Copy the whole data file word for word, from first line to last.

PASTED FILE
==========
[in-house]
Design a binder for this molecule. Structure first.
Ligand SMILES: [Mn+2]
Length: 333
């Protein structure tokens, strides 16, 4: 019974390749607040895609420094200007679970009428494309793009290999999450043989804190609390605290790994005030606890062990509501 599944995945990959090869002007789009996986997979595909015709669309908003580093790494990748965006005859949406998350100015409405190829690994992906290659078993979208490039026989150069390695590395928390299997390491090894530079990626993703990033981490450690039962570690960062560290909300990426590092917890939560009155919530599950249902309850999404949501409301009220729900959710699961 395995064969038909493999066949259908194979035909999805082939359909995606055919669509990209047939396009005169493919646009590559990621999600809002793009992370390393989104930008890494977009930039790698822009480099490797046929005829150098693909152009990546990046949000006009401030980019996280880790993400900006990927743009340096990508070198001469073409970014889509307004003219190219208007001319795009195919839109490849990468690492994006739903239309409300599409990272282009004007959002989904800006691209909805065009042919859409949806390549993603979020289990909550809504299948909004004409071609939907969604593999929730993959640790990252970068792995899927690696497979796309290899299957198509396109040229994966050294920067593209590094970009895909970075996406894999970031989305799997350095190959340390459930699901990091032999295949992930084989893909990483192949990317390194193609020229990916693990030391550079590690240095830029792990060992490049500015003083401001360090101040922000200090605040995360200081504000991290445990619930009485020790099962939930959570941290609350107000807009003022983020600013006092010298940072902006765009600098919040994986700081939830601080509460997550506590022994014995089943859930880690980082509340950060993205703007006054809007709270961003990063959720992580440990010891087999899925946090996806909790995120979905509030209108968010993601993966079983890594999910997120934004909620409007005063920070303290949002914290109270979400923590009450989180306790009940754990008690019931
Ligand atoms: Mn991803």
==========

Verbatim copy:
[in-house]
Design a binder for this molecule. Structure first.
Ligand SMILES: [Mn+2]
Length: 333
């Protein structure tokens, strides 16, 4: 019974390749607040895609420094200007679970009428494309793009290999999450043989804190609390605290790994005030606890062990509501 599944995945990959090869002007789009996986997979595909015709669309908003580093790494990748965006005859949406998350100015409405190829690994992906290659078993979208490039026989150069390695590395928390299997390491090894530079990626993703990033981490450690039962570690960062560290909300990426590092917890939560009155919530599950249902309850999404949501409301009220729900959710699961 395995064969038909493999066949259908194979035909999805082939359909995606055919669509990209047939396009005169493919646009590559990621999600809002793009992370390393989104930008890494977009930039790698822009480099490797046929005829150098693909152009990546990046949000006009401030980019996280880790993400900006990927743009340096990508070198001469073409970014889509307004003219190219208007001319795009195919839109490849990468690492994006739903239309409300599409990272282009004007959002989904800006691209909805065009042919859409949806390549993603979020289990909550809504299948909004004409071609939907969604593999929730993959640790990252970068792995899927690696497979796309290899299957198509396109040229994966050294920067593209590094970009895909970075996406894999970031989305799997350095190959340390459930699901990091032999295949992930084989893909990483192949990317390194193609020229990916693990030391550079590690240095830029792990060992490049500015003083401001360090101040922000200090605040995360200081504000991290445990619930009485020790099962939930959570941290609350107000807009003022983020600013006092010298940072902006765009600098919040994986700081939830601080509460997550506590022994014995089943859930880690980082509340950060993205703007006054809007709270961003990063959720992580440990010891087999899925946090996806909790995120979905509030209108968010993601993966079983890594999910997120934004909620409007005063920070303290949002914290109270979400923590009450989180306790009940754990008690019931
Ligand atoms: Mn991803």